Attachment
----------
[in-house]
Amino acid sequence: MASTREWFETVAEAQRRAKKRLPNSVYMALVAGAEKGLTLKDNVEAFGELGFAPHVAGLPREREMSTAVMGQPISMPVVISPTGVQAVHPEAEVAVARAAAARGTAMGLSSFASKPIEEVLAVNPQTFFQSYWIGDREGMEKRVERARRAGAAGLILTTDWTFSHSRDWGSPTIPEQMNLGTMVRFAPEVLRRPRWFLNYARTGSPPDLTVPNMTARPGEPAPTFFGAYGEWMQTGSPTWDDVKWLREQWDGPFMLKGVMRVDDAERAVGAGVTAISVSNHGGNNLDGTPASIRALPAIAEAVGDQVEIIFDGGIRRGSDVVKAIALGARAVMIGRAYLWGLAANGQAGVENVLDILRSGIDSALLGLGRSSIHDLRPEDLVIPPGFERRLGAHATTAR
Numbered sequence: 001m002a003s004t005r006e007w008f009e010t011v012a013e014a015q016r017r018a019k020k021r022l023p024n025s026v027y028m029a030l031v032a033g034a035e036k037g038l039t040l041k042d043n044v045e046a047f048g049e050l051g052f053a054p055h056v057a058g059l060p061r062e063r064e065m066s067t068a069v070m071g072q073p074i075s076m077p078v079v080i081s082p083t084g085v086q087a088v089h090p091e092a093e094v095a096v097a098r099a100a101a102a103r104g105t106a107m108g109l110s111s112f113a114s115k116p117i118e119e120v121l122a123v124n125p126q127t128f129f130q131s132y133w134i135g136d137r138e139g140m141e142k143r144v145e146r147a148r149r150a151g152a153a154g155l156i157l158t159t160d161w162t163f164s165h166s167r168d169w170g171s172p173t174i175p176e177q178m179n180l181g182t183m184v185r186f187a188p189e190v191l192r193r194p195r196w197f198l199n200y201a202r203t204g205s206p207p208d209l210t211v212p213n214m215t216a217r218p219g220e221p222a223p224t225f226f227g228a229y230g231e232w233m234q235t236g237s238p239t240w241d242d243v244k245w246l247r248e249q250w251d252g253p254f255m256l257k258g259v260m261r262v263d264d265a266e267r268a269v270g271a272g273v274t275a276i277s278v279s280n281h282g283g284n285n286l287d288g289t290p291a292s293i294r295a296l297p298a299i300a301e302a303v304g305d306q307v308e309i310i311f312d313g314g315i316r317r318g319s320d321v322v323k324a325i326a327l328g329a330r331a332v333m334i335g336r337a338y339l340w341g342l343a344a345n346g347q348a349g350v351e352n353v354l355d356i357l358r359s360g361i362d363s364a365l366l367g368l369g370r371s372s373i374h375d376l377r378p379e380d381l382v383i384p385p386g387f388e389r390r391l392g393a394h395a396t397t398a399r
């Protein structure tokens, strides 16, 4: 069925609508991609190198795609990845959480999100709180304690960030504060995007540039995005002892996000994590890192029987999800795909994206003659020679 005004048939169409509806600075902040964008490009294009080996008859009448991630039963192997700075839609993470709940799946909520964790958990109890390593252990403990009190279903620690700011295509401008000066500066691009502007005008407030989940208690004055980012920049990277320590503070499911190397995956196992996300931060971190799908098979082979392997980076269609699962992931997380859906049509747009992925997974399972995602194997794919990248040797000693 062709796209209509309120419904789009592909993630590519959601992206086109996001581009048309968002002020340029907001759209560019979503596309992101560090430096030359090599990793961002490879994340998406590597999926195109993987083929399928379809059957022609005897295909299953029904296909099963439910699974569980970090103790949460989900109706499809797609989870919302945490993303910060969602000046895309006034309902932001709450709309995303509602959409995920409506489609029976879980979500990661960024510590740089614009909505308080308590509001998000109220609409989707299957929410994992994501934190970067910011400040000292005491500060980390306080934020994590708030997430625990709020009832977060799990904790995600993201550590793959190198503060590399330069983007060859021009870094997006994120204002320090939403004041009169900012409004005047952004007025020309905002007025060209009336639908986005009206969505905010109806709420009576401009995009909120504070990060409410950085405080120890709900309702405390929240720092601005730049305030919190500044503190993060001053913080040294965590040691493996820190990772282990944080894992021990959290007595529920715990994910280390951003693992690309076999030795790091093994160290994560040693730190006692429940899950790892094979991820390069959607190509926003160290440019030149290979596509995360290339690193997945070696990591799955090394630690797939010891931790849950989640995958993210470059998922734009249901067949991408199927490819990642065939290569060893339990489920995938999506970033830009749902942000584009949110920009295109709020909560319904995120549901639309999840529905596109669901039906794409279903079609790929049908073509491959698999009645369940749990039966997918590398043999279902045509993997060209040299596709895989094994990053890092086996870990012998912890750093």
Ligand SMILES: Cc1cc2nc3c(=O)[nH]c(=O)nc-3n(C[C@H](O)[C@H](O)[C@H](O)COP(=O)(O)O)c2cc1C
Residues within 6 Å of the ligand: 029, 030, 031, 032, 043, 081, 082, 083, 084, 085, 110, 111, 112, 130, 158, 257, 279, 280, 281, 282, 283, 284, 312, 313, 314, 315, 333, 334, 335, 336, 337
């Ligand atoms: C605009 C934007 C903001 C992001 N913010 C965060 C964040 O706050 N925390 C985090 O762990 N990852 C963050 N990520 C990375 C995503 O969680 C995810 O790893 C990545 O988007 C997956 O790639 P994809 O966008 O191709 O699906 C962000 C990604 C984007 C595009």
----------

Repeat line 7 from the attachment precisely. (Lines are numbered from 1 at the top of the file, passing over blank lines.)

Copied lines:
């Ligand atoms: C605009 C934007 C903001 C992001 N913010 C965060 C964040 O706050 N925390 C985090 O762990 N990852 C963050 N990520 C990375 C995503 O969680 C995810 O790893 C990545 O988007 C997956 O790639 P994809 O966008 O191709 O699906 C962000 C990604 C984007 C595009």